Changes to the trucking industry could be prompted by multi-million trucking crash lawsuits.
Large legal nuclear verdicts (settlements of $10 million and above) from juries in liability cases related to trucking accidents have increased. New research, available for download on American Transportation Research Institute (ATRI)’s website, provides evidence that the increase is both in the number as well as the size of the punitive damage component.
Although nationally fatal crashes involving large trucks were at their lowest point in 2009 – a U.S. total of 3,380 fatal large truck crashes with 179 registered in Florida – since then, they have steadily increased. In 2019 there were 4,689 fatal large truck crashes registered in the U.S. and 276 listed for Florida. (In the Federal Motor Carrier Administration crash statistics summary select “large trucks” under “vehicle type”, 2019 under “time period” and navigate to the tab “fatal crashes”.) That is a 38.73 percent increase nationally and a 54.19 percent increase in Florida state-wide when compared to 2009.
As this analysis points out, only about 5 percent of the fatal trucking accident claims go to trial. Therefore, the vast majority of these claims are settled. And compared to the total number of fatal crashes involving large trucks, maybe 5 to 10 of them become nuclear verdict cases.
The reality is that any injuries suffered as a direct or indirect result of an accident justify damages compensation. All the more so when people die or are permanently injured in an accident involving a large truck and there are dependents that need to be cared for.
A Brief History of Nuclear Verdicts
According to ATRI, between 1990-1994 the median dollar result from cases that went to trial was $190,000. Compared to 1985-1989, this was a 90 percent award increase.
Using CaseMetrix, a database of court verdicts and settlements that compiles information from 600 cases registered between 2006 and 2019, the first five years of gathered data showed 26 cases of over $1-million verdicts. Five times more verdicts, this time in the $20-million range, registered over the last five years (2015-2019).
A similar conclusion appears in The Wall Street Journal in an article that analyzes data from VerdictSearch, that reports more than a 300% increase in the frequency of $20 million-plus verdicts in 2019 compared to the annual average registered between 2001-2009.
It results that the proliferation of nuclear verdicts in trucking accidents has gained steam over the last decade or so.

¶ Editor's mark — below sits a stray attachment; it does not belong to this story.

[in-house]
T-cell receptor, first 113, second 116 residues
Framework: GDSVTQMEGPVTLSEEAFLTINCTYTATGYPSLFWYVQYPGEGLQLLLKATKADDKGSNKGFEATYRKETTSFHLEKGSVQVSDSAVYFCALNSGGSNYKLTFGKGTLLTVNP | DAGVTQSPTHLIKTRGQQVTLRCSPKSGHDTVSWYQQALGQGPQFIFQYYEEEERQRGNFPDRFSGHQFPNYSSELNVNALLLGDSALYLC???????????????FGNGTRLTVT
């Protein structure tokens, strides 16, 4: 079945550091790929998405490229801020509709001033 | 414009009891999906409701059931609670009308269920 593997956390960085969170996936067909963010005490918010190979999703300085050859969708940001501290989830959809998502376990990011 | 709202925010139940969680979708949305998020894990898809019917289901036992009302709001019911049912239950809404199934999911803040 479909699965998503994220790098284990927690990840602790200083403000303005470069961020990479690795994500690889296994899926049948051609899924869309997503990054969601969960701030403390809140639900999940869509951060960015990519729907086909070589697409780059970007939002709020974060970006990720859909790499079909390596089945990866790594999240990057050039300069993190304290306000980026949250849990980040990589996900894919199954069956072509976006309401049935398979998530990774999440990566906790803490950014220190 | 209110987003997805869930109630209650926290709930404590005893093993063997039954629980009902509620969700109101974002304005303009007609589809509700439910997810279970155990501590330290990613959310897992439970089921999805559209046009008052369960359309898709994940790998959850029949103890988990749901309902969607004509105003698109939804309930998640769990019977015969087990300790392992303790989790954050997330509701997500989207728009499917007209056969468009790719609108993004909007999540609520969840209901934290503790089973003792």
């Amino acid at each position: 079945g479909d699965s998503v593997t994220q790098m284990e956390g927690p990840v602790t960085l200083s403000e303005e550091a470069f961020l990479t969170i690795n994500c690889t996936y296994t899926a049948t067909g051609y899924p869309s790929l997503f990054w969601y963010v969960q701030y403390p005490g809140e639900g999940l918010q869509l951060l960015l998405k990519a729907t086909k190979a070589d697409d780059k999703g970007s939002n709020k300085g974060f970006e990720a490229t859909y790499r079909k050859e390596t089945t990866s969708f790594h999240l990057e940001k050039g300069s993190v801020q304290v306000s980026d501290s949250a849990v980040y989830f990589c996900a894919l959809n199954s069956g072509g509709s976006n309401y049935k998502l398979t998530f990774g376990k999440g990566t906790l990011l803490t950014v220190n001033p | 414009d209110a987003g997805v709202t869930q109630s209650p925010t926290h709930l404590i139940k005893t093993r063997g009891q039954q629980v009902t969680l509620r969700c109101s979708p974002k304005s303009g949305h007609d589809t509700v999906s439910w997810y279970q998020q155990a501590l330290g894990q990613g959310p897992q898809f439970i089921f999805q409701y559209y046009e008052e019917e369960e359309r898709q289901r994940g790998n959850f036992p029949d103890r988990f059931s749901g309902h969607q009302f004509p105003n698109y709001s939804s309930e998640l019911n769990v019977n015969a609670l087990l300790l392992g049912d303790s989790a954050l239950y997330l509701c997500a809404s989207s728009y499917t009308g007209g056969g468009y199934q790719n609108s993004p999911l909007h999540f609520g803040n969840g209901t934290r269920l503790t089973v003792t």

Nuclear verdicts typically occur when the jury determines that the motor carriers were willfully or purposely denying any involvement or responsibility for the accident.
One of the largest awards – $280 million – was granted in 2016. The jury ordered the award against the driver and the trucking company after the driver fell asleep at the wheel and caused a crash that killed five people.
In another case, where the family of a teenage boy killed in an underride accident was awarded $42 million, documents from the trial showed that the trucking industry had been working against the utilization of side guards – which were designed to prevent smaller vehicles from sliding underneath an 18-wheeler – for a lengthy period.
One document showed the Truck Trailer Manufacturers Association detailed information on side guard costs from major trailer manufacturers to potentially develop defense strategies regarding underride lawsuits.
Nuclear verdicts might eventually determine the commercial trucking industry to comprehend that allowing unsafe trucks to travel the roads comes at a high price and that they need to re-evaluate safety measures.
The Benefits of a Strong Safety Culture
Substantial jury verdicts protect the rights of truck accidents victims. They also send a message of change and of the need to prevent crashes in the trucking industry.
“Truck accidents shatter many lives. Collisions with commercial vehicles produce such horrific injuries and so many fatalities, that trucking companies need to make it a priority to implement preventive measures.”, says Sean M. Cleary, a Miami truck accident attorney.
One important issue is that safety features, warning procedures and devices aren’t necessarily a normal practice for every trucking company. Every safety feature costs money and having correct safety equipment may be the first area that suffers cutbacks.
Some motor carriers may reason that they can barely afford to spend money on gas, salaries and insurance. However, the value of having a solid safety culture throughout operations cannot be overstated.
However, there might be a silver lining available to motor carriers who are willing to concentrate on safety culture and the quality of their vehicle maintenance programs.
Some insurers will give carriers better rates if they install devices such as inward- and outward-facing cameras and speed governors because they’ve been proven to improve safety.
Preventive maintenance with steps such as pre- and post-trip walk-around vehicle inspections to check things like tire tread depth, window cracks and brake lights also reduce the likelihood of an accident and make it less likely for trucks to be stopped by state inspectors.
Developing a strong safety culture can also significantly improve the retention of qualified drivers who may be quitting their jobs in favor of safer shifts with other firms. This means motor carriers would spend less money on the recruitment and training of inexperienced drivers.
The trucking industry needs to leave no room for mistakes. They are, after all, certified professionals that have access to the appropriate means to prevent accidents in the first place.